The U.S. has traditionally dominated the film industry. During the Cold War, people in East Germany gathered around TVs to watch ‘Little House on the Prairie’ and follow their favourite characters weekly. Apparently, Stalin himself adored cowboy films with Jon Wayne and commissioned Soviet versions of his films. The positive perception of American values portrayed in its films demonstrates effective soft power, contributing to American success in the systemic rivalry with the Soviet Union.
While the propaganda efforts of the Cold War era are long past, the allure of American cultural products continues to be a crucial tool of Western soft power. Yet, much like with football, an increasing reliance on foreign markets has forced Hollywood to relinquish control over scripts and give in to active censorship by the Chinese government. American values are increasingly malleable at the behest of the West’s current systemic rival, substantially weakening America’s image as China flexes its muscles abroad.
That does not mean Hollywood always acts apolitically; as shown by production companies pulling out of Georgia in protest over voter restriction laws. An inconsistent approach has developed, whereby the industry stands on the side of the disenfranchised in the U.S. whilst toeing the line of the oppressors in China.
But the reason the U.S. is unable to stop the decline of Hollywood’s soft power is the very same reason for which Hollywood is so successful: lack of government intervention. Short of nationalising the entire industry, the USA can’t force studios to act in a certain way – there is no propaganda ministry.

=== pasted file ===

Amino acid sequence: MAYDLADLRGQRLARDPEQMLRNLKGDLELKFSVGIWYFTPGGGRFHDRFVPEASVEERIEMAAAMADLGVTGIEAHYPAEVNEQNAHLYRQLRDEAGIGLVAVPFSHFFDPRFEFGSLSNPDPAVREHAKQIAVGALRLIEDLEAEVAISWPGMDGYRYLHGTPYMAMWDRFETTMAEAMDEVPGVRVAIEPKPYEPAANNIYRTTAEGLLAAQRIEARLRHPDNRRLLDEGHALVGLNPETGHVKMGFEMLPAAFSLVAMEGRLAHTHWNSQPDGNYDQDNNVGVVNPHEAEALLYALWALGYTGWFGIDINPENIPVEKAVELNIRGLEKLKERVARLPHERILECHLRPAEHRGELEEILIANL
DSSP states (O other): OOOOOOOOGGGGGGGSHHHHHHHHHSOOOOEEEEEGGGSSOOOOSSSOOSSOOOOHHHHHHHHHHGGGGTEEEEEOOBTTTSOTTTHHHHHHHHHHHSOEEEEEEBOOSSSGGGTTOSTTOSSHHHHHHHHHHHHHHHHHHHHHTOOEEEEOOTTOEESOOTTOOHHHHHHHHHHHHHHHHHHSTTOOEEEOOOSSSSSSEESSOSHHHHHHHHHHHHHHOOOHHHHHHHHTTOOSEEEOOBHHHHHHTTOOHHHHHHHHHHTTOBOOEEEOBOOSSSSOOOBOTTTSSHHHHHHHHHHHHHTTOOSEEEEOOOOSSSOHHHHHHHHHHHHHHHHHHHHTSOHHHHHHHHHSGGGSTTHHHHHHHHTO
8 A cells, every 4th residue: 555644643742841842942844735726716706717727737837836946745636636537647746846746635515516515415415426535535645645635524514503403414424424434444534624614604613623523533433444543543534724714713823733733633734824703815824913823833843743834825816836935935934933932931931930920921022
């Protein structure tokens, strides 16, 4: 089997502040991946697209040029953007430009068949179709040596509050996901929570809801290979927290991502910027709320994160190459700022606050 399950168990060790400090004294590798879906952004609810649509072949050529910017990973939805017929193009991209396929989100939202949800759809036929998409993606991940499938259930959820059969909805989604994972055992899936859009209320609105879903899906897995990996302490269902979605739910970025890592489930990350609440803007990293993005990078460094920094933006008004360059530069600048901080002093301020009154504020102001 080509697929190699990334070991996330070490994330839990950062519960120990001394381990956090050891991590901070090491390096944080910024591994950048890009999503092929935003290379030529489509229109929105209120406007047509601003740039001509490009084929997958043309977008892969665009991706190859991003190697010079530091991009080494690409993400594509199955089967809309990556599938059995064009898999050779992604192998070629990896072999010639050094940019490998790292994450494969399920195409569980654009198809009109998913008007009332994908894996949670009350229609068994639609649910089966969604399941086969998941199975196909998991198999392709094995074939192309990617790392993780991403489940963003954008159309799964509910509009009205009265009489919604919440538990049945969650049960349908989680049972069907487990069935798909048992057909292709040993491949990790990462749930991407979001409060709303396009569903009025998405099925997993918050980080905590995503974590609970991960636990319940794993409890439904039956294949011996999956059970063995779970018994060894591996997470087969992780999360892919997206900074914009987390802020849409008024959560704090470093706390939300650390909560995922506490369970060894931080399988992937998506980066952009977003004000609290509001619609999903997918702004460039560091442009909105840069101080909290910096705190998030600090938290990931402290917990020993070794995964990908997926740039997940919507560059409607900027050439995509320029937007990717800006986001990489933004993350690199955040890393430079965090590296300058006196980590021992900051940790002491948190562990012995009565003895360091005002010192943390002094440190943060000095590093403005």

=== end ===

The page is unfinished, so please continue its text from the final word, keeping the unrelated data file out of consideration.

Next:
Is football equally doomed? Fortunately, unlike in the media industry, there is a corporate governance structure which would shift the focus of clubs away from purely commercial goals towards a more fan-based approach.
In Germany, club governance is structured in a fairly unique way as club ‘members’ or fans are guaranteed a majority of the voting rights (50% + 1 share). The system prevents foreign investors from taking over the majority of the club and steering it towards the kind of commercialisation the European ‘Super League’ represents.
Of course, football in Germany is still commercialised – clubs like FC Bayern Munich travel to China on exhibition matches whilst Borussia Dortmund is listed on the stock market. However, it does mean that there is democratic, fan-based consultations over the type of self-censorship that will be tolerated in the pursuit of commercial goals.
For example, the case of FC Bayern Munich’s internal debate over the inclusion of a human rights clause in its constitution, pushed for by fans, shows that the accountability goes far beyond that experienced at clubs like Arsenal or Chelsea. It also showcases another value inherent to Europe’s soft power: democracy.
Instituting the ‘50+1’ rule in the UK, as talked about by the Department for Digital, Culture, Media & Sport, would ground clubs to their grassroot fanbases, democratise club governance, and prevent harmful self-censorship. Whilst the extent of reform will become clearer in the coming weeks, one thing remains certain: to protect European soft power, football needs to change.
Cover photo by Bermix Studio (Unsplash), Unsplash licence